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Review: Ballet Memphis at the Tarkington

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In its 25th year, Ballet Memphis, headquartered in Cordova, Tenn., has garnered national attention presenting original contemporary ballets. The company includes both 15-year veterans and recent arrivals, including Benjamin Warner, last seen dancing with IU Ballet Theater at the MAC in Bloomington.The twelve expressive dancers maintain their Southeastern musical and literary heritage while approaching universal themes.

Their March 2 performance at the Tarkington kicked off with “Being Here With Other People," which was delightfully playful, fast-moving, yet allowed for moments to capture the way children suddenly change direction and interact as a group.

Steven McMahon’s choreography to Beethoven’s Concerto in D Major for Violin and Orchestra released joyfulness in the moment, dancers showing through facial expressions what’s going on inside.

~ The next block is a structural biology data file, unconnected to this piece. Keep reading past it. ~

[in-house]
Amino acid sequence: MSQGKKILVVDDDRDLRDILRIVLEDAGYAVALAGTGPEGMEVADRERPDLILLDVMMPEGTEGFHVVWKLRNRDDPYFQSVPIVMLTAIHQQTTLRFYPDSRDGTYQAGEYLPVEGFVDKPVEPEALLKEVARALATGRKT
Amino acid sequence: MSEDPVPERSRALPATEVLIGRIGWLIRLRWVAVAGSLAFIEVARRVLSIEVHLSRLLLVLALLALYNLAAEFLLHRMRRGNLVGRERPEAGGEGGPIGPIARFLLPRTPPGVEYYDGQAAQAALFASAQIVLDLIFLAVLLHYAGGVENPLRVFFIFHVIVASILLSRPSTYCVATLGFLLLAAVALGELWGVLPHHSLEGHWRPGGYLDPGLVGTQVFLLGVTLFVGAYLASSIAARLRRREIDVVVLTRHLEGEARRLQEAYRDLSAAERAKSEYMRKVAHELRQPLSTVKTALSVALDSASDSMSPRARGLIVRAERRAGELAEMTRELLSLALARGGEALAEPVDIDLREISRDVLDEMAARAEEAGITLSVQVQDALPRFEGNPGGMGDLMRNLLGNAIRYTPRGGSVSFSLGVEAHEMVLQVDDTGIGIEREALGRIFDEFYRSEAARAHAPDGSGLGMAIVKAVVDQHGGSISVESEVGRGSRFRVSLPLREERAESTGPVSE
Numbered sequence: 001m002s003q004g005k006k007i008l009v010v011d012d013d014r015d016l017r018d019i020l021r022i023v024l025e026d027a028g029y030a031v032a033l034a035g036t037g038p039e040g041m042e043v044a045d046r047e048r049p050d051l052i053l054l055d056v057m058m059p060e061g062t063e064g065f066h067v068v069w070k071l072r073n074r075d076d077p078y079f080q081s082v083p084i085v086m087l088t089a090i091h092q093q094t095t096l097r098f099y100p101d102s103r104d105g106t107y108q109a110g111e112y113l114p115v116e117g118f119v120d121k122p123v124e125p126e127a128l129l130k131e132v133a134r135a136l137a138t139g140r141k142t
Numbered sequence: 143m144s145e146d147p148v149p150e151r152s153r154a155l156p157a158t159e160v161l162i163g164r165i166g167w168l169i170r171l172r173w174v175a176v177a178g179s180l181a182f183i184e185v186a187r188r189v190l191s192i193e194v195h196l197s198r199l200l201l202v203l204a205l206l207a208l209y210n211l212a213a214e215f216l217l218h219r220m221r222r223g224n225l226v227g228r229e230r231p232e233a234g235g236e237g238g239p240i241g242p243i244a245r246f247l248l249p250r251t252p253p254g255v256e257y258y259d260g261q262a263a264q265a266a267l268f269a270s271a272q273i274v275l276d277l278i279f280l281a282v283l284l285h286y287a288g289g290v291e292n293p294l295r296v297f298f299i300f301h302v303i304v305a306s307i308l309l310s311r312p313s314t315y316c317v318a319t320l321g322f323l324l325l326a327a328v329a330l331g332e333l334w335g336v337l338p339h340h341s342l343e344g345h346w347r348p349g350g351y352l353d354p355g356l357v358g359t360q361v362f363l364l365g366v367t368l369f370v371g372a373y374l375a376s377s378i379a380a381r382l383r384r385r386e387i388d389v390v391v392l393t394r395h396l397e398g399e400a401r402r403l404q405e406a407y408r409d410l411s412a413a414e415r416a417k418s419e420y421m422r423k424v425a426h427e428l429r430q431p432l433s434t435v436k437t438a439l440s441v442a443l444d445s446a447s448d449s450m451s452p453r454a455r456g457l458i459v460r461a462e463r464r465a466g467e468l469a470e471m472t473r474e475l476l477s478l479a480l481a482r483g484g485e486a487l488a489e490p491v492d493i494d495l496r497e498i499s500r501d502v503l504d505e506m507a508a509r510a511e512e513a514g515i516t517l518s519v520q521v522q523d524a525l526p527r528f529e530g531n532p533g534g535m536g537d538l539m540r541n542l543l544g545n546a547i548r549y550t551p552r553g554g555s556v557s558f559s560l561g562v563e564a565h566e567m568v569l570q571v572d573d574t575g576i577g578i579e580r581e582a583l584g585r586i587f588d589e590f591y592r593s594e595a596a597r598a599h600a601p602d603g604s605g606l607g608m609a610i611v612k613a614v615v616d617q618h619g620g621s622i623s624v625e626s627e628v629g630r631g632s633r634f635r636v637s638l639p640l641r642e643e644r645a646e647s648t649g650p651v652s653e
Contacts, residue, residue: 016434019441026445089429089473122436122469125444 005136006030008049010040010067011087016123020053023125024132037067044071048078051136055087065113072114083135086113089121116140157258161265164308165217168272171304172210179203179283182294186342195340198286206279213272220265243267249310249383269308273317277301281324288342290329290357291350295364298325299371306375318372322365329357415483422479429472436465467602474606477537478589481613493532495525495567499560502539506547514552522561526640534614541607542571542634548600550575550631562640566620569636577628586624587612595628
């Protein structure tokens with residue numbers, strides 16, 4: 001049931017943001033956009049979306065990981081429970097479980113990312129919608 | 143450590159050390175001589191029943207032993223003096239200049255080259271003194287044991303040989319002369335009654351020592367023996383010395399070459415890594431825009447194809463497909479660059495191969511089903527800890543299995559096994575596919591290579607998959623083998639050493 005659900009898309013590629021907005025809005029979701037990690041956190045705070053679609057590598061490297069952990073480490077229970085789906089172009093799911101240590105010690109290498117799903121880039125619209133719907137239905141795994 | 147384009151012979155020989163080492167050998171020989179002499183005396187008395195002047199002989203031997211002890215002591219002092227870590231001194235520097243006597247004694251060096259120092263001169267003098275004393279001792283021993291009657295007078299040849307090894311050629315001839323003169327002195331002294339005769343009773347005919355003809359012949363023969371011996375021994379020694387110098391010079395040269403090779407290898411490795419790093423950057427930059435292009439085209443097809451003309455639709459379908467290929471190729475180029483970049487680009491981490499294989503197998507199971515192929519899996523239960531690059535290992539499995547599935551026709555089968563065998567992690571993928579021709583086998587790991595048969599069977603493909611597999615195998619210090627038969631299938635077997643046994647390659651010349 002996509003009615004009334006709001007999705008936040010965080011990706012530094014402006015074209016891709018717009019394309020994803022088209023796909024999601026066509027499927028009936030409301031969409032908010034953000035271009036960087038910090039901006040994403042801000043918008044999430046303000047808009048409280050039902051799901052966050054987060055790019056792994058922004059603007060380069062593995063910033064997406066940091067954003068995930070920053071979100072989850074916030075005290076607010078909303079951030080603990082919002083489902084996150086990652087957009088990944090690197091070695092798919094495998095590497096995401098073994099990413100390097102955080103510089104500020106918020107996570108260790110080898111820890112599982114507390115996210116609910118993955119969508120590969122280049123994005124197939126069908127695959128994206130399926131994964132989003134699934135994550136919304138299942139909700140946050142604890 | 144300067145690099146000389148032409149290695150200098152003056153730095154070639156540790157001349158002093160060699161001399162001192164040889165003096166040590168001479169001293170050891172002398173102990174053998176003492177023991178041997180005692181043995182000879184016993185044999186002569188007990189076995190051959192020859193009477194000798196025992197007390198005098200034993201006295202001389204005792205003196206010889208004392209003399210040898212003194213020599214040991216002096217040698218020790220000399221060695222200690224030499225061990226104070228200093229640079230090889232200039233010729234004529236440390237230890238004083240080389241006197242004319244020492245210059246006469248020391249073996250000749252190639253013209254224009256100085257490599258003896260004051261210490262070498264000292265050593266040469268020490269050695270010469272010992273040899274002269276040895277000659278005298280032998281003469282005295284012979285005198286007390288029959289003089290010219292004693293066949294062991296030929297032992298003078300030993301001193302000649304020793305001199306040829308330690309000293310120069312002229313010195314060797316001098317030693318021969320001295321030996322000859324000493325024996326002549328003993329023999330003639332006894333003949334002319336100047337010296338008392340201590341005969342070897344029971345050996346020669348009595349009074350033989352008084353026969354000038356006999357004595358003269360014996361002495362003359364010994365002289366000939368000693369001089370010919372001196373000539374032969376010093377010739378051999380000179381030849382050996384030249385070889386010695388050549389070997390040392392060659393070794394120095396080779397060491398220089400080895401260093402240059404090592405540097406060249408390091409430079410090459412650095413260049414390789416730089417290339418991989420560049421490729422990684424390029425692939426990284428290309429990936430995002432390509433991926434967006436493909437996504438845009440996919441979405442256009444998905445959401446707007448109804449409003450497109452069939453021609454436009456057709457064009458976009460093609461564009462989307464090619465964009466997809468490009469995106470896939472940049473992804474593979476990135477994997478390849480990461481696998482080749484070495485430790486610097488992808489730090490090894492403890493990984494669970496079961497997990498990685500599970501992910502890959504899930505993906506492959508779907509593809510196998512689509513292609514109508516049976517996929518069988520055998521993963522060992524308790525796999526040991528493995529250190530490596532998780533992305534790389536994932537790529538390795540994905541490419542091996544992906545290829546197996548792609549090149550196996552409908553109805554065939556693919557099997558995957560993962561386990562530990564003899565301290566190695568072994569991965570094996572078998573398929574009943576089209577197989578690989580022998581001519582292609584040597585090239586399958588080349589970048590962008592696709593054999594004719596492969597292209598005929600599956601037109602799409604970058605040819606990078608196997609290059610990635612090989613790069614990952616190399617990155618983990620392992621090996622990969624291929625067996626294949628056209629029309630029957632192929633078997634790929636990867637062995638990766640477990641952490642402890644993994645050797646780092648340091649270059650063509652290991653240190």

With “Curtain of Green” choreographer Julia Adam dramatized through movement the core of Eudora Welty’s brittle short story, paired perfectly to Philip Glass's Etudes for Piano. Dancing the piece, Crystal Brothers superbly brought to life a mind locked in painful memory, re-enacting shock, loss, fear, as minimalism built into density.

Jane Comfort created “S’epanouir” as a company piece to music by Kirk Whalum, coupling and grouping with sets of catchy steps from reel dancing.

The evening closed with a gracefully articulated journey through six songs made popular by Roy Orbison. The company distinguished itself with costuming with a bit of swag — skirts are a trace longer, fuller in back. March 2 at The Tarkington at the Center for the Performing Arts.

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